I know that Howard would be proud that I’ve learned to look potential heartbreak in the eye while going on.  To those whose hearts are broken, I urge you to be brave, and to take comfort in the idea that grief this debilitating can lead you to its opposite in joy, if only you’ll keep walking.

Howard

2013.  Glacier County Honey Co.  All Rights Reserved.

We’ve written before about Chris Street, our beautiful bird nerd friend who died from cancer on November 12, 2009, shattering our hearts.

c street hawk

C. Street, as most called him, loved mountains without discrimination, but I had the privilege of getting to know him in Glacier’s peaks, and as such he’s become a part of that core group of people missing from my life that keep me headed into Glacier’s wildest places, again, and again. My own beloved brother, Howard, with whom I first witnessed the cerulean perfection of Iceberg Lake; Steve Lee, my co-worker at St. Mary Lodge who first whispered a few of Many Glacier’s off trail secrets into my open ears; and C. Street, Layla Jane’s boyfriend with whom I spent one of the most delightful August days of my life, exploring Floral Park and Sperry Glacier. I cannot think of the otherworldly views from Floral Park, nor the turkey and dressing from Sperry Chalet, without thinking of Chris. Nor can I gaze knowingly at the tip top of Going-to-the-Sun Mountain without remembering his infamous summit on my wedding day, a summit he made with such power that he was seated in the audience as I made my way down the aisle at 5:00 sharp.

Today, Chris would be 31.

I think I’ll spend at least part of the afternoon with my weathered topo and a notebook, scratching out a few routes to try for Chris, this summer. Until then, I’ll see him in every majestic raptor that Maggie Rose points to and I cannot name, and I’ll hear his innate kindness reflected back in Layla’s patient voice, over a glass of wine, and I’ll know that it’s not much, but we’ll never stop remembering C. Street.

2013. Glacier County Honey Co. All Rights Reserved.

I often write about Howard, my baby brother, who died eight years ago in a fraternity house fire at the University of Mississippi, especially on days that cause my heart to yearn all the more for his good judgment and ability to see the rainbows through the clouds, like on the anniversary of his death, and on his birthday.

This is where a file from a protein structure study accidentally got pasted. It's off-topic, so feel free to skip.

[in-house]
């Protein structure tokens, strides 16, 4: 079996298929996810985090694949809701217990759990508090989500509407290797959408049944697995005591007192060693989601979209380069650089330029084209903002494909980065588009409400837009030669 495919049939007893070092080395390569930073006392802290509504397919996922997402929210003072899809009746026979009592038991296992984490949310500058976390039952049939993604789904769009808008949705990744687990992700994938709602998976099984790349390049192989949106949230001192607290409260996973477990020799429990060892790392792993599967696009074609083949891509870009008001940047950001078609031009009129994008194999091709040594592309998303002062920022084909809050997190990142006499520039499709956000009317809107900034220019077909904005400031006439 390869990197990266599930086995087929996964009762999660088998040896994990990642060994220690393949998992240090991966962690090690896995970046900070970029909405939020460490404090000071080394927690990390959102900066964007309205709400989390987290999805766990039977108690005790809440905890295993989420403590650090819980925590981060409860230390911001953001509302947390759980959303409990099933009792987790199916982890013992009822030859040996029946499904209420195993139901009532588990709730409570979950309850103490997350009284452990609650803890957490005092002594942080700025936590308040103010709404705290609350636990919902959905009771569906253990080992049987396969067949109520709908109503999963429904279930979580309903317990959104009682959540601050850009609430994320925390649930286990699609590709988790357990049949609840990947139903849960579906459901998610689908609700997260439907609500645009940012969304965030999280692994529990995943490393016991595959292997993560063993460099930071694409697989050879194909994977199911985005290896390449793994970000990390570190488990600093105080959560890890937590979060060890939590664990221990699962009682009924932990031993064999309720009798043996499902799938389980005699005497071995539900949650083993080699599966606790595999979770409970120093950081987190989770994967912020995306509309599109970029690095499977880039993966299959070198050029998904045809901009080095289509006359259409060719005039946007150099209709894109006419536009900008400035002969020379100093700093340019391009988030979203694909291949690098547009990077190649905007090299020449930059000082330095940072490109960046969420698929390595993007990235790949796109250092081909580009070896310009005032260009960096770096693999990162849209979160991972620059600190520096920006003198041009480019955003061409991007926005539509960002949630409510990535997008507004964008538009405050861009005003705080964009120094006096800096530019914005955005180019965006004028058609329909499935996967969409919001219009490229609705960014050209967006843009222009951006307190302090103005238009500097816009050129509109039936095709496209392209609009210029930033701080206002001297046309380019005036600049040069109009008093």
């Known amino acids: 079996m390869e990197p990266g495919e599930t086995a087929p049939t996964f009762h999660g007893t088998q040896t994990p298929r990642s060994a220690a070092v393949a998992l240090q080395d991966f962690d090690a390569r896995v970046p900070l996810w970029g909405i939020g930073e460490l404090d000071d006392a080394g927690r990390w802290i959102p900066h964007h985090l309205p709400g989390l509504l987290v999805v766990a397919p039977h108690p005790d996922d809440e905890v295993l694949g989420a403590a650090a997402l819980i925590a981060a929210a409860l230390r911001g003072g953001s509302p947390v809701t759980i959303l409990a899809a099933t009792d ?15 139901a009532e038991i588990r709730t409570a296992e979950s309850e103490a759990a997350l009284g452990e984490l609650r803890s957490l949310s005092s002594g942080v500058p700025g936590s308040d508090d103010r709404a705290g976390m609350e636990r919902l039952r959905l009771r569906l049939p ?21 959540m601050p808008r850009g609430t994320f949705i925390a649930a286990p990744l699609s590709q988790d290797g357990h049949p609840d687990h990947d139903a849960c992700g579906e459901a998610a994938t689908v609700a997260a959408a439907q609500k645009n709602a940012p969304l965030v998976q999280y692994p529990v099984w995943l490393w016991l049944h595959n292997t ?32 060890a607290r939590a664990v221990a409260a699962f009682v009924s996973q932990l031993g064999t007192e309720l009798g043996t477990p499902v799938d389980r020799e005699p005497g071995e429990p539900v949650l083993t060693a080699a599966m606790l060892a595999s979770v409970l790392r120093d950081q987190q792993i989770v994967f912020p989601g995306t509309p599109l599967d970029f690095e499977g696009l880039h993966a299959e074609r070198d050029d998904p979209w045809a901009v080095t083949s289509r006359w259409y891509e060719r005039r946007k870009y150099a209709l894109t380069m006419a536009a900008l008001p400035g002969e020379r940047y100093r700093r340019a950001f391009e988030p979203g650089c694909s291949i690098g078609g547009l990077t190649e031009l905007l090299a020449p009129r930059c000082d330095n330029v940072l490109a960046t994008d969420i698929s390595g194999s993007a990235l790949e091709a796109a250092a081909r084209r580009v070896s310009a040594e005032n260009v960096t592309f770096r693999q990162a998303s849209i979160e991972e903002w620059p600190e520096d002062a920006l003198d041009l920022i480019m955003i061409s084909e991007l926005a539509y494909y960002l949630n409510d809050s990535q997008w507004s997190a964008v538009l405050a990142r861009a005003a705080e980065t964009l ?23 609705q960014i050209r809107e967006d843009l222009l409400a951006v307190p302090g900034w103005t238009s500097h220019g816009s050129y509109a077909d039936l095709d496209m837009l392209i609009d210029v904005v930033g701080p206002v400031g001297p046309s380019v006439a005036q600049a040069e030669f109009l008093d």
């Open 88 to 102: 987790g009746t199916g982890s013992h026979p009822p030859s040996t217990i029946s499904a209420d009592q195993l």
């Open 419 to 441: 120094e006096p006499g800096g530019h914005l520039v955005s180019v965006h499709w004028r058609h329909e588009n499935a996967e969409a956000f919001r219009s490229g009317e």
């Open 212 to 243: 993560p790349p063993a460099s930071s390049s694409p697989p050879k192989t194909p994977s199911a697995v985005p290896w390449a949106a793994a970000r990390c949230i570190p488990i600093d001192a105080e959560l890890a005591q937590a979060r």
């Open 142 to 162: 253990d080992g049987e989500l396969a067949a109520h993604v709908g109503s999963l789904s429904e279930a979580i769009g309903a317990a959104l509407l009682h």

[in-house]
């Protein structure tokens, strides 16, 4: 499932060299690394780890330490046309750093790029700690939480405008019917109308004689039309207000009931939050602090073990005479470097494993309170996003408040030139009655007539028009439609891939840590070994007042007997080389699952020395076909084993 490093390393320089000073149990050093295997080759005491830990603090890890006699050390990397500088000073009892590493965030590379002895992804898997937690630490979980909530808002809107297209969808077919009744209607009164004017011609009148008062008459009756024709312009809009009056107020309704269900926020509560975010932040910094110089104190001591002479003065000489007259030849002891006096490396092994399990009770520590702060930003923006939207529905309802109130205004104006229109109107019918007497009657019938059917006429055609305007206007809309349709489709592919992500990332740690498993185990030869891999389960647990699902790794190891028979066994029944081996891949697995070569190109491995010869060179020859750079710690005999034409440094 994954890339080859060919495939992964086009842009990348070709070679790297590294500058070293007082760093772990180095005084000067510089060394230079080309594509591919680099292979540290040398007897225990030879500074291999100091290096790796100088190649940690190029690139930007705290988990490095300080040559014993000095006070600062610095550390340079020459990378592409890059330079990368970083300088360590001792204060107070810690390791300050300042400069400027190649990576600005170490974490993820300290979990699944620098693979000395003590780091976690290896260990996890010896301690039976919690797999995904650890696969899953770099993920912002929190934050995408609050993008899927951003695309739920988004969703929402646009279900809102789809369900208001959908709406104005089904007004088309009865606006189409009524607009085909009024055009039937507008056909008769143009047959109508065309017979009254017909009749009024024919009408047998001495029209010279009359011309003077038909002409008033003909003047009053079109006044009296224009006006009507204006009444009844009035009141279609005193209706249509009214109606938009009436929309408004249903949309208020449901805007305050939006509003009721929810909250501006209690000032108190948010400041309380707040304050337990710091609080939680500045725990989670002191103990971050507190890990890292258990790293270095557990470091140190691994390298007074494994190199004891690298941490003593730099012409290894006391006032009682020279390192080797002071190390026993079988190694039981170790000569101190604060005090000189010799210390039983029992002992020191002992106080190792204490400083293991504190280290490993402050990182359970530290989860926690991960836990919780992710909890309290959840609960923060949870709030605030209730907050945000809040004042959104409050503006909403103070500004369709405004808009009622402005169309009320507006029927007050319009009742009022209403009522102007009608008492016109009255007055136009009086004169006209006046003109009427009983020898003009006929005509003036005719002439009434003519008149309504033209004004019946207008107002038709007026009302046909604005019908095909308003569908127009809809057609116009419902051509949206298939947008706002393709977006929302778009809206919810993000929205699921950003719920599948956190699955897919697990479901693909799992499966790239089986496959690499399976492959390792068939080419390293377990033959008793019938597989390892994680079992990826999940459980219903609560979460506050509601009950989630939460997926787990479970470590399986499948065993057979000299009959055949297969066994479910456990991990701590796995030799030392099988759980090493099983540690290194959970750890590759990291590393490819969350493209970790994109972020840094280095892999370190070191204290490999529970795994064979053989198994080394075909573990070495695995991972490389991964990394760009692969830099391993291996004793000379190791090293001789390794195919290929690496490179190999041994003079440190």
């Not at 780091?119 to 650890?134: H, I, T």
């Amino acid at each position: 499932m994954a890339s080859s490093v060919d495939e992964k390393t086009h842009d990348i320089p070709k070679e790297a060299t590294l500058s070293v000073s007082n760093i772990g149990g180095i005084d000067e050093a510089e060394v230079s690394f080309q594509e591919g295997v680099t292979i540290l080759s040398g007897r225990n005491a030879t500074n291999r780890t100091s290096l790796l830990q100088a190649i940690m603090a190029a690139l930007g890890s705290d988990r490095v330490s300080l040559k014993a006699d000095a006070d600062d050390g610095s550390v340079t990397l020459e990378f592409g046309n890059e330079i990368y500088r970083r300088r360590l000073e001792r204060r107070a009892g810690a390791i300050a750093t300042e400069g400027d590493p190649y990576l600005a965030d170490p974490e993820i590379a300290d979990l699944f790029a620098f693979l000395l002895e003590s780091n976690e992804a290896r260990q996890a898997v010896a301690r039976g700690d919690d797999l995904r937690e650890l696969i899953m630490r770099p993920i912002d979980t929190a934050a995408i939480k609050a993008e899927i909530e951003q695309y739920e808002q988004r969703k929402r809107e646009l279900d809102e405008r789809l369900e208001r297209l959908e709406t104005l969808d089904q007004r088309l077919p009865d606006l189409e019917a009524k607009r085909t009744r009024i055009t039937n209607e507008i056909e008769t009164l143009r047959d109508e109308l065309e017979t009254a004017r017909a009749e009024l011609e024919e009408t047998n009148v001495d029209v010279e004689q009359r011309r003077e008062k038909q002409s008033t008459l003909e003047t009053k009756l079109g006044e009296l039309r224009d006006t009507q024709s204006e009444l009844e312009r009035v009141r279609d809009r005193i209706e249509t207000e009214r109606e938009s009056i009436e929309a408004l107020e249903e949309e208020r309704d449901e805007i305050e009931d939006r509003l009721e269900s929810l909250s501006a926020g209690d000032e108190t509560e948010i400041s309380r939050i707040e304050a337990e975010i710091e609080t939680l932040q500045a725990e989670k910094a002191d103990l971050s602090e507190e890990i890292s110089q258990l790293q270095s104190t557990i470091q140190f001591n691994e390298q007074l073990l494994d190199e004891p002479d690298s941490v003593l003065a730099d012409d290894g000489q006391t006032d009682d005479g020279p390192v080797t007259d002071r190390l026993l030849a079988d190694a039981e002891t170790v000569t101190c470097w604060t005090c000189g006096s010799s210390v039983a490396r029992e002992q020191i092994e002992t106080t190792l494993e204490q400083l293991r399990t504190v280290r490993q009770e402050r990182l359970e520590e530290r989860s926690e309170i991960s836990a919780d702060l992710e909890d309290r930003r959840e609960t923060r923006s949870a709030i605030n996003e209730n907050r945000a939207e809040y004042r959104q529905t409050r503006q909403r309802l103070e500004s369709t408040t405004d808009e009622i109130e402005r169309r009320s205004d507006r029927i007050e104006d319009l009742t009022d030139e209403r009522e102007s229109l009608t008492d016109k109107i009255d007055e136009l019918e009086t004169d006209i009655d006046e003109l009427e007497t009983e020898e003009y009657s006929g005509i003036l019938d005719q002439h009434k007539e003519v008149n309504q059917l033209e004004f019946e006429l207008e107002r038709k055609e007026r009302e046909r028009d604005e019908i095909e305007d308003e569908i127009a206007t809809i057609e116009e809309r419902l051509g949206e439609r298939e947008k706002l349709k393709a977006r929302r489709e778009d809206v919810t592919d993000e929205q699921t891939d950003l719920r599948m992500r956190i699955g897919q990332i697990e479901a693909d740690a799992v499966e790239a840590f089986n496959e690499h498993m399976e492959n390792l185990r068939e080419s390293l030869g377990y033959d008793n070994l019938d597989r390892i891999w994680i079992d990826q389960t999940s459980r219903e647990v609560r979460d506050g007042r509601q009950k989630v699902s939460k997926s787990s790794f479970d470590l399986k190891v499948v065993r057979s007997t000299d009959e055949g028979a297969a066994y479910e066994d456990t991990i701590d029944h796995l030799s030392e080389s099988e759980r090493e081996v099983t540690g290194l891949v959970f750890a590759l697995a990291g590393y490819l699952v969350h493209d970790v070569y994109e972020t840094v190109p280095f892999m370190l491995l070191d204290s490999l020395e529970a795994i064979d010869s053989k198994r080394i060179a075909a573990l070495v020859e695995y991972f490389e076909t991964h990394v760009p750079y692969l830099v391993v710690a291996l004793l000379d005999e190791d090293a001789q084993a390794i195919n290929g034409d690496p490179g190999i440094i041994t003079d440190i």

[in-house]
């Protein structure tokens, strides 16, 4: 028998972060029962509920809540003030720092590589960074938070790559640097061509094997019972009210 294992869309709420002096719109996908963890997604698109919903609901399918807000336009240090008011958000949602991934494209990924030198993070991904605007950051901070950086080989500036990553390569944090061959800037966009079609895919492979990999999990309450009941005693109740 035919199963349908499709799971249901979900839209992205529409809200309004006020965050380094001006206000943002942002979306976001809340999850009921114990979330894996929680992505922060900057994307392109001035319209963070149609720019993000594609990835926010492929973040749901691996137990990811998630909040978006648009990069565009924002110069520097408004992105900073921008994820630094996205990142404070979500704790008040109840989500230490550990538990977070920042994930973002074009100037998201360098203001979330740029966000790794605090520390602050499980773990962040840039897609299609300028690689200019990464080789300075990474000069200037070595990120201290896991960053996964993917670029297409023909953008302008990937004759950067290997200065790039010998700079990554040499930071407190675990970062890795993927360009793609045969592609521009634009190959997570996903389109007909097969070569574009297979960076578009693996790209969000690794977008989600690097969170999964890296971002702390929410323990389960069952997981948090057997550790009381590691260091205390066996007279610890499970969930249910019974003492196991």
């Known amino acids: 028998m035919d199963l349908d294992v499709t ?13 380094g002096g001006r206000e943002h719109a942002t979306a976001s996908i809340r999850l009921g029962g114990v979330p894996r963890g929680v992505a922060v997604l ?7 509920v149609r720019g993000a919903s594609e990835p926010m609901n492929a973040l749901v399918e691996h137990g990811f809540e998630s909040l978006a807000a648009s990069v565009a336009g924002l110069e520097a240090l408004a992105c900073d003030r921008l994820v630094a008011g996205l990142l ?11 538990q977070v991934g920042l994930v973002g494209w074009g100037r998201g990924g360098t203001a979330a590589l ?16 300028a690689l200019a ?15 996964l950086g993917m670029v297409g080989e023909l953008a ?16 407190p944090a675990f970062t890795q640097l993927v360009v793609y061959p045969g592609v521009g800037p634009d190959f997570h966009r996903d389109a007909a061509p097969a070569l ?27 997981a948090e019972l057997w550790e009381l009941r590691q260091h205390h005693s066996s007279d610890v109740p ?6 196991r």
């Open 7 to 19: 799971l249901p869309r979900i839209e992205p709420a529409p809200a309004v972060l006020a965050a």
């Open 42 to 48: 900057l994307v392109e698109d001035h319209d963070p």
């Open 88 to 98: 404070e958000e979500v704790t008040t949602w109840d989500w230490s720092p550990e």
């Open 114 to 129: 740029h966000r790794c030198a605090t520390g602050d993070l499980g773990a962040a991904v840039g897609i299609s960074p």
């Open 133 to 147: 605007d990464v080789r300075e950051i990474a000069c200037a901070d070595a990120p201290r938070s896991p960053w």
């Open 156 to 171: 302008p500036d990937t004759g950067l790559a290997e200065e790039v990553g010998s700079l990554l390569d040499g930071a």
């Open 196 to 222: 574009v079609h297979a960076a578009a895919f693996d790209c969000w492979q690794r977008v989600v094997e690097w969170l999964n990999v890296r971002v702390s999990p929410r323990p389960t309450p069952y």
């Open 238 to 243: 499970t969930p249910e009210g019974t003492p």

Yesterday, I was happily too busy honoring his memory by hiking in Glacier National Park to write about him, though I penned many thoughts in my head as I traversed the Highline Trail with Maggie Rose on my back and family and good friends in tow.  I’ll get to the hike in a separate post, but it was a magical day to think about what would have been Howard’s 28th year — fall has cast the high country in that most golden, perfect light, and it eased the sting of his absence.

At day’s end, we returned to Hillhouse and gathered together with the rest of our crew at the memorial site that Jordan, one of Howard’s best friends, designed, built, and spent the last week installing:

Many days of prep work ensued, as the two pieces of the form — delivered via 18 wheeler to the Warehome — waited patiently.

Everyone helped, including Neil and Keith in their off hours.  Thanks, guys.

Loading one of the two pieces of the form onto one of the two beekeeping flatbed pickups.

Maggie supervising.

Loaded and headed down West Shore Road – the order of our entourage: the two flatbeds; me running with my camera and pushing the stroller wearing Danskos and blue jeans; Jody in the supersized forklift; Jordan in her rig.  Finally, I ran out of breath and stopped to take this picture:

The gawkers were many.

Arriving in the Big Field for installation!

I ashamed to say that I have not yet taken an awesome picture of the finished piece – they’re all too far away, or too blurry, or filled with people and equipment …. coming soon, I promise!  Just a reason to keep y’all coming back every couple of days or so, right?

But at any rate, to finish out Howard’s birthday, last night we all gathered together at the memorial site, drank a glass or two of champagne, and offered various toasts, all heartfelt and yet so vastly inadequate.

We wondered aloud if he would have gone to law school, and then begun working for the FBI, as he dreamed of doing, helping to keep this country safe from harm.

I wondered privately if he would have married a kind, clear eyed woman by now.

I wondered what he would name his children.

Happy 28th birthday, Baby Bro.

Brother Dear background / Howard and Joe-Dog, foreground